Has the Boston fund industry developed cabin fever early this year? With the Pats making an early exit from the playoffs and the Sox blowing
the hot stove season it should come as no surprise that the dishiest trade talk in Beantown revolves around the odds of the front office team at 82 Devonshire Street making a play for a star on the team a short walk away at One Post Office Square.
For those of you who don't make regular stops at Bakey's, please let me translate: Will Fidelity, or more specifically Ned Johnson, be open to tapping one of his many ex-employees at Putnam as his anointed successor? And, how will the Desmarais family react if that longshot passes the post first?
The speculation on Ned Johnson's succession plans at Fidelity has burned hot and cold over the past two decades. A year ago, for instance, the speculation was over whether Rodger Lawson would stay on. We heard then that he would not.
This week those rumors became official when Rodger told reporters at a special meeting in Boston on Wednesday that he would be resigning at the end of March. That news has turned the burner on the "succession speculation" back to high and the pot is once again at a full boil.
, of course, hinted at the usual suspects: Abby and asset management chief Jacques Perold.
While Abby -- Fidelity's largest shareholder -- can never be ruled out as Ned's successor, there is a widespread belief among sources who know Fidelity well that Abby is not ready nor possibly willing to slide over to become the CEO. Those who want the skinny on Abby's chances should take a peek at Steve Syre's column in today's Boston Globe
(what ever happened with Sam Bodman?).
Meanwhile, Perold lacks experience in the defined contribution industry. That lack of experience would be a gaping hole in the resume of any Fidelity CEO.
Lawson himself hinted to the reporters that Fidelity needs a chief who knows more than just asset management when he suggested that the firm could be split into multiple businesses. The logical split would be for Fidelity to carve out its defined contribution and 401(k) recordkeeping operations -- the largest in the world. That carve-out would allow Fidelity to sell those services on an outsourced basis without giving rival money managers the heebie jeebies. (Fidelity has already taken a small step down this path through its alliance with SunGard and the STN platform).
Assuming the 401(k) angle is as important to Ned as I think it is to Fidelity, Ned has two players on his bench besides Abby (yes, she has been the titular head of the retirement business for a few years now). Those two are Kathy Murphy and Michael Wilens.
Murphy is a long-time veteran of ING, where she pulled the trigger on the acquisition of CitiStreet that made ING Retirement the second largest DC plan provider, a move which she followed with her jump to Fidelity. She also spent a decade and a half at Aetna, including stints as general counsel and chief compliance officer of Aetna Financial Services, prior to ING's purchase of the company. Sources with ties inside 82 Devonshire St also say that Murphy has an ally in Abby and that one plan could be Murphy taking over as CEO in the next year while Abby becomes chairman.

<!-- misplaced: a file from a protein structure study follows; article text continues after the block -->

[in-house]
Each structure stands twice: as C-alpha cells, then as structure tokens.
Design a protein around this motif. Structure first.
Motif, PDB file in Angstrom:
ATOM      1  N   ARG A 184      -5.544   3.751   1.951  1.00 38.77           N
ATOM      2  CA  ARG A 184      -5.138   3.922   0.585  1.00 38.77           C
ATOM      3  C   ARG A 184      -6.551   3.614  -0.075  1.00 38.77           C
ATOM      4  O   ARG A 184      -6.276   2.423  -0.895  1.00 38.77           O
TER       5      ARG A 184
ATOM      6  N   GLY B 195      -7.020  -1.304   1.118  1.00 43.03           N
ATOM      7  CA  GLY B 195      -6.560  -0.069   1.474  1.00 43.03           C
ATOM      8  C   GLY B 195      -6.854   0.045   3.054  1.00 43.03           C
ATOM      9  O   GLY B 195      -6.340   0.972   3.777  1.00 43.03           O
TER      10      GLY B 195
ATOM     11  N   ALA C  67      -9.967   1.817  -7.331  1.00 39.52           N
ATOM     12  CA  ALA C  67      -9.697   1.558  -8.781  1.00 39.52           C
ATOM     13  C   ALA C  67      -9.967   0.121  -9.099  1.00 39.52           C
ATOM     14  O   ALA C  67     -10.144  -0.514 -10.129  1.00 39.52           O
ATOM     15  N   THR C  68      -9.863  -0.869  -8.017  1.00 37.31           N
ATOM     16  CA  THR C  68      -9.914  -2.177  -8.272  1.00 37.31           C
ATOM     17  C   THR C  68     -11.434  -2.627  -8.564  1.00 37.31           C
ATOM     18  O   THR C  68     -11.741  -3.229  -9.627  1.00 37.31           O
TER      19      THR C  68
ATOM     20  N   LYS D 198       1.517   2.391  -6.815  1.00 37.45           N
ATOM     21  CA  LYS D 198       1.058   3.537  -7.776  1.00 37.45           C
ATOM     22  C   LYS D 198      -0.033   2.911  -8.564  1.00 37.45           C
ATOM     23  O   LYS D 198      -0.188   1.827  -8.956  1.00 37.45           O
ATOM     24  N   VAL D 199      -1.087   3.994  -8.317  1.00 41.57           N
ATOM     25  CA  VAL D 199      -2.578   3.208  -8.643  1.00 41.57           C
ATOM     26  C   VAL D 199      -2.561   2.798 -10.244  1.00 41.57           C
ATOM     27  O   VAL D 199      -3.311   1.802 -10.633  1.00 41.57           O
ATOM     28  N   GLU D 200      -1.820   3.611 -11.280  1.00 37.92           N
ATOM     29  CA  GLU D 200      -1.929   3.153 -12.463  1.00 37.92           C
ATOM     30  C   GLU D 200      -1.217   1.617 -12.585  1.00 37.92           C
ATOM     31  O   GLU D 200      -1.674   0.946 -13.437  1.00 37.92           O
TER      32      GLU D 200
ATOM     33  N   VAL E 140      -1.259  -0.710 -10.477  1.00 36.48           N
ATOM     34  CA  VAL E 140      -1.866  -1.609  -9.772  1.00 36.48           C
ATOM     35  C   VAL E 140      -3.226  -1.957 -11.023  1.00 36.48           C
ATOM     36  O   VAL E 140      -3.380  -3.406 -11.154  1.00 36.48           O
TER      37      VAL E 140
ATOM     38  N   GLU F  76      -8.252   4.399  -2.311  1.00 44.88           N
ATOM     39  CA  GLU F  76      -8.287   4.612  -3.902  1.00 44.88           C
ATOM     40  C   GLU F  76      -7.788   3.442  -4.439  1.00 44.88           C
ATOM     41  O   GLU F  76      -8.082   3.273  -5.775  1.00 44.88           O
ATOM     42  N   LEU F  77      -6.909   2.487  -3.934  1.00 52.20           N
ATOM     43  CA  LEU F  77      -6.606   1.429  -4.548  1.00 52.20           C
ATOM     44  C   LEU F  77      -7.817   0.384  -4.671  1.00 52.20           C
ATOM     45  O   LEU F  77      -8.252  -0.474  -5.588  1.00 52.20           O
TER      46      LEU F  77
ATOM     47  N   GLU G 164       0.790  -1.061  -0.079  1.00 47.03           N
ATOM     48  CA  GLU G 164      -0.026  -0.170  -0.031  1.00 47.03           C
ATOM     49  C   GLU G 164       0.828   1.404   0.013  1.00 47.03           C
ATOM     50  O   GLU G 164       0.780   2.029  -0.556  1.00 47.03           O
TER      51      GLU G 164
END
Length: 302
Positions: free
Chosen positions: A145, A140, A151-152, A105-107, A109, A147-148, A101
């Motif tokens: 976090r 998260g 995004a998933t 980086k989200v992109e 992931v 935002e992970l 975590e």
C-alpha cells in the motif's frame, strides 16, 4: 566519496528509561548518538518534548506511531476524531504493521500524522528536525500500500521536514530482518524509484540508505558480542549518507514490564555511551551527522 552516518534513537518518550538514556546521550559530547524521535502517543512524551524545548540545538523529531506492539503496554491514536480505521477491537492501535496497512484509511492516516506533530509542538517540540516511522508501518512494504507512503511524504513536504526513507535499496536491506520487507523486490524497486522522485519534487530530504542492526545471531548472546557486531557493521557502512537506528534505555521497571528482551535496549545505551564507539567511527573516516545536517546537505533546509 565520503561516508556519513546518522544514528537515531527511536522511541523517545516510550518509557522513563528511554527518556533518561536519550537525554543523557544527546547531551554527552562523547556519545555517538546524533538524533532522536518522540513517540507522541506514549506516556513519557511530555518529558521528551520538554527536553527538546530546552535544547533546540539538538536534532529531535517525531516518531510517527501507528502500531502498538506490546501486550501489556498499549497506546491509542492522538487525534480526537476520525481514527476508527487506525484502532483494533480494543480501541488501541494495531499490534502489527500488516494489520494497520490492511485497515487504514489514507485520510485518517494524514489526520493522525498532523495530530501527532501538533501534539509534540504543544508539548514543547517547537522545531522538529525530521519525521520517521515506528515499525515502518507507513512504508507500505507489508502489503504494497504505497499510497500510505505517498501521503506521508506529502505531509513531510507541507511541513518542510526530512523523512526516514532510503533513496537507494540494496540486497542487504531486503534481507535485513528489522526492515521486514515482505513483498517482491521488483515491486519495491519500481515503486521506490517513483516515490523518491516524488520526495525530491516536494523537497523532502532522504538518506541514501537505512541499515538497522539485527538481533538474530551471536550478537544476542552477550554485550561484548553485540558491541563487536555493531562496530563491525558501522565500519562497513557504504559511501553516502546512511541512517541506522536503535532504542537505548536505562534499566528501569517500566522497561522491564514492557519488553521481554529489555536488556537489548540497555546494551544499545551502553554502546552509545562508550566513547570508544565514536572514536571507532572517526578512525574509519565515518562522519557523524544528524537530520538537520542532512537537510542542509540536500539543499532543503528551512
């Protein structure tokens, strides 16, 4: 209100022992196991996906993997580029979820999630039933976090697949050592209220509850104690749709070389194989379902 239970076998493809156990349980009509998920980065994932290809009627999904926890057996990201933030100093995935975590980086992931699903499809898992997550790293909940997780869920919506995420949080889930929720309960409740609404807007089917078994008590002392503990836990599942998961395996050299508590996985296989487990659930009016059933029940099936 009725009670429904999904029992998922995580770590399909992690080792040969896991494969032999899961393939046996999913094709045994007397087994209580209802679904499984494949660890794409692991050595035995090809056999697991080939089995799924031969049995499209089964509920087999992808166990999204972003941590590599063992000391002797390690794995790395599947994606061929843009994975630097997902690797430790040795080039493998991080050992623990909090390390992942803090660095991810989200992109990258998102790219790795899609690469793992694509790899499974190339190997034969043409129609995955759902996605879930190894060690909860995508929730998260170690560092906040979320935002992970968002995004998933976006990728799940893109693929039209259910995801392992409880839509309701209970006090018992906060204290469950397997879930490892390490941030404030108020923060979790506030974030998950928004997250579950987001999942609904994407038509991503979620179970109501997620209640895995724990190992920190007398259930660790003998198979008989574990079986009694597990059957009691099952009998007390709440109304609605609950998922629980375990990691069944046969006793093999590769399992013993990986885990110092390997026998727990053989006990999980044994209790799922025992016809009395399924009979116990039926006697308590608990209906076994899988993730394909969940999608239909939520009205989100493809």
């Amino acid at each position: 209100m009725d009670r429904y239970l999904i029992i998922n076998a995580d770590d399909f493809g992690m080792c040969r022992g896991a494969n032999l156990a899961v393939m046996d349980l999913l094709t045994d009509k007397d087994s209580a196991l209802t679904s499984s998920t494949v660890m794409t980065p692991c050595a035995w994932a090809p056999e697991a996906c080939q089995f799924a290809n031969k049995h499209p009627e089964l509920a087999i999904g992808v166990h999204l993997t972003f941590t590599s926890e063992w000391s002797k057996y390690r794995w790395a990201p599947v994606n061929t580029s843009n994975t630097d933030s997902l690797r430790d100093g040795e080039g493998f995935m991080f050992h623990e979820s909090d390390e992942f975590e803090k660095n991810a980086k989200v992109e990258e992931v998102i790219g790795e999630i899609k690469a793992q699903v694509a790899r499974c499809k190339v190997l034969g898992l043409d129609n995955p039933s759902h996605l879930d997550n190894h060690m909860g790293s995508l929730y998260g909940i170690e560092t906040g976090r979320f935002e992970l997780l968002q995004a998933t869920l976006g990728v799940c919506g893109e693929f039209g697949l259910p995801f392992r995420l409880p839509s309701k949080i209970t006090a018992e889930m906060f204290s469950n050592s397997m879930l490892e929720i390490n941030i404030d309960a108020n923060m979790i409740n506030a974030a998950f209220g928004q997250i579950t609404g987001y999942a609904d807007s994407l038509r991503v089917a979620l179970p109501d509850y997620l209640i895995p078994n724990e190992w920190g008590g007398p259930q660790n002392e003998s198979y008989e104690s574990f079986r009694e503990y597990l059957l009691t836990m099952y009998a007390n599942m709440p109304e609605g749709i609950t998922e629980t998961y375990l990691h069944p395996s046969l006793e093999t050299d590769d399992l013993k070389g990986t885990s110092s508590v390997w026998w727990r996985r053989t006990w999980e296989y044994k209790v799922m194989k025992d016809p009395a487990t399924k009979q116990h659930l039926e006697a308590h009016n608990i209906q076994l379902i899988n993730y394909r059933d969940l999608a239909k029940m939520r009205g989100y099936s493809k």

Of course, Ned is famous for creating competition, and why would his succession be any different? Late last year he moved Wilens from head of the asset management post (the job Perold now holds) to head the client service side of the Fidelity retirement empire. The new job should quickly get Wilens up to speed on the retirement business and burnish his credentials as a possible Ned successor.
Last year Fidelity lost its Ford Motors relationship to ACS; we assume Wilens will be tested on whether something like that happens again this year.
Of course, Ned could go a different way. Yesterday afternoon, InvestmentNews
also caught on that 401(k) experience would be a good thing for Fidelity's next chief to have. It dropped the name of Putnam's Jeff Carney as a dark horse candidate. Carney is heading Putnam's retirement push under CEO Bob Reynolds'. Before joining Putnam he had been tasked at Bank of America to build its retirement business, a mandate that included shopping for a recordkeeping business for the bank.
Carney, who was known as one of the most ambitious of the ambitious "Bob's Boys" while working for Reynolds at Fidelity, put in his time as chief of Fidelity FIRSCo before sending around his resume after Reynolds' abrupt departure. How ambitious is Carney? A quick example: One ex-Schwabbie relates that when Carney interviewed to become the head of the retirement division at a major financial services firm on the West Coast, he asked the interviewer (who was the CEO-heir apparent) if he would be in line to be the next CEO if he took the job.
So Carney could be a logical choice.
Yet, why would the Johnsons bring back one of Bob's Boys when they could offer the job to Bob Reynolds himself?
"Hold on," say Fidelity veterans when asked about that possibility, "Bob would never go back to Fidelity -- especially if Abby is still there."
Well, what if Reynolds did return to Fidelity? He knows the Fido retirement clients better than anyone else (do you think Ford would have walked if Bob was still there?). He would be the triumphant prodigal son, a role seemingly perfectly suited to his mien. He would also be able to use his skills in identifying talent to build the next generation of leadership at Fidelity, something that has not happened during the past three years.
The big catch would be that Abby would have to give Reynolds space, either as a near silent chairperson or a very quiet lead shareholder. Could that work? Maybe. And maybe we will get a chance to see.
Whatever happens, with his eightieth birthday soon approaching, Ned will not be able to just lean back in his chair, close his eyes and ask for the problem to be gone when he reopens them.
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